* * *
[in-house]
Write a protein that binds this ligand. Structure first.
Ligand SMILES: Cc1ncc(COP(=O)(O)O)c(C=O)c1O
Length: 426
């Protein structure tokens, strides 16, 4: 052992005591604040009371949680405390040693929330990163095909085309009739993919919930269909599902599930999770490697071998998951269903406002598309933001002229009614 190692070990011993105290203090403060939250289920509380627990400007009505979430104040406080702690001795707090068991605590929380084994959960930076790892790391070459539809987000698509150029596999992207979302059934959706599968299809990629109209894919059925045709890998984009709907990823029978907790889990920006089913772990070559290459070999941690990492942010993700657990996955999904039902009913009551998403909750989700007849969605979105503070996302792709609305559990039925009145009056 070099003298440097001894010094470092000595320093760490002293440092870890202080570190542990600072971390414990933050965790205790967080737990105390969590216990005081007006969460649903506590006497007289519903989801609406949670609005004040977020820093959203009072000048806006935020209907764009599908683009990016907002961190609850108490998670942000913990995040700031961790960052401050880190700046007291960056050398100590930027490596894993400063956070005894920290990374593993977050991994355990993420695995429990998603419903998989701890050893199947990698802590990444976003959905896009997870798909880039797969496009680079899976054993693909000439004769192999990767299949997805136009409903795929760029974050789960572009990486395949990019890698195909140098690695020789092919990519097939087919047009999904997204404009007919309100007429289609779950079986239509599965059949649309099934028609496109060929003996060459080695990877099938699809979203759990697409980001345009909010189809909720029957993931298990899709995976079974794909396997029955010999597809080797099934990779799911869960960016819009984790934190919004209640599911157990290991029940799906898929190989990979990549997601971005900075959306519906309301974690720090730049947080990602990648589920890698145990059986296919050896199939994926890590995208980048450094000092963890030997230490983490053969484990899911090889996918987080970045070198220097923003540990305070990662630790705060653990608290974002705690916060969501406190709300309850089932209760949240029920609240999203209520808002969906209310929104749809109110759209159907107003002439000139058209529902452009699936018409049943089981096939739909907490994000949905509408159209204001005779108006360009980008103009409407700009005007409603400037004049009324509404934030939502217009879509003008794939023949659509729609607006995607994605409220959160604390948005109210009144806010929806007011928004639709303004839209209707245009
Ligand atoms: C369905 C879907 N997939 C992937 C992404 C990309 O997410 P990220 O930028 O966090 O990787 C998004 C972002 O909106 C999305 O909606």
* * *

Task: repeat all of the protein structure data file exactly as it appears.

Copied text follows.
[in-house]
Write a protein that binds this ligand. Structure first.
Ligand SMILES: Cc1ncc(COP(=O)(O)O)c(C=O)c1O
Length: 426
């Protein structure tokens, strides 16, 4: 052992005591604040009371949680405390040693929330990163095909085309009739993919919930269909599902599930999770490697071998998951269903406002598309933001002229009614 190692070990011993105290203090403060939250289920509380627990400007009505979430104040406080702690001795707090068991605590929380084994959960930076790892790391070459539809987000698509150029596999992207979302059934959706599968299809990629109209894919059925045709890998984009709907990823029978907790889990920006089913772990070559290459070999941690990492942010993700657990996955999904039902009913009551998403909750989700007849969605979105503070996302792709609305559990039925009145009056 070099003298440097001894010094470092000595320093760490002293440092870890202080570190542990600072971390414990933050965790205790967080737990105390969590216990005081007006969460649903506590006497007289519903989801609406949670609005004040977020820093959203009072000048806006935020209907764009599908683009990016907002961190609850108490998670942000913990995040700031961790960052401050880190700046007291960056050398100590930027490596894993400063956070005894920290990374593993977050991994355990993420695995429990998603419903998989701890050893199947990698802590990444976003959905896009997870798909880039797969496009680079899976054993693909000439004769192999990767299949997805136009409903795929760029974050789960572009990486395949990019890698195909140098690695020789092919990519097939087919047009999904997204404009007919309100007429289609779950079986239509599965059949649309099934028609496109060929003996060459080695990877099938699809979203759990697409980001345009909010189809909720029957993931298990899709995976079974794909396997029955010999597809080797099934990779799911869960960016819009984790934190919004209640599911157990290991029940799906898929190989990979990549997601971005900075959306519906309301974690720090730049947080990602990648589920890698145990059986296919050896199939994926890590995208980048450094000092963890030997230490983490053969484990899911090889996918987080970045070198220097923003540990305070990662630790705060653990608290974002705690916060969501406190709300309850089932209760949240029920609240999203209520808002969906209310929104749809109110759209159907107003002439000139058209529902452009699936018409049943089981096939739909907490994000949905509408159209204001005779108006360009980008103009409407700009005007409603400037004049009324509404934030939502217009879509003008794939023949659509729609607006995607994605409220959160604390948005109210009144806010929806007011928004639709303004839209209707245009
Ligand atoms: C369905 C879907 N997939 C992937 C992404 C990309 O997410 P990220 O930028 O966090 O990787 C998004 C972002 O909106 C999305 O909606």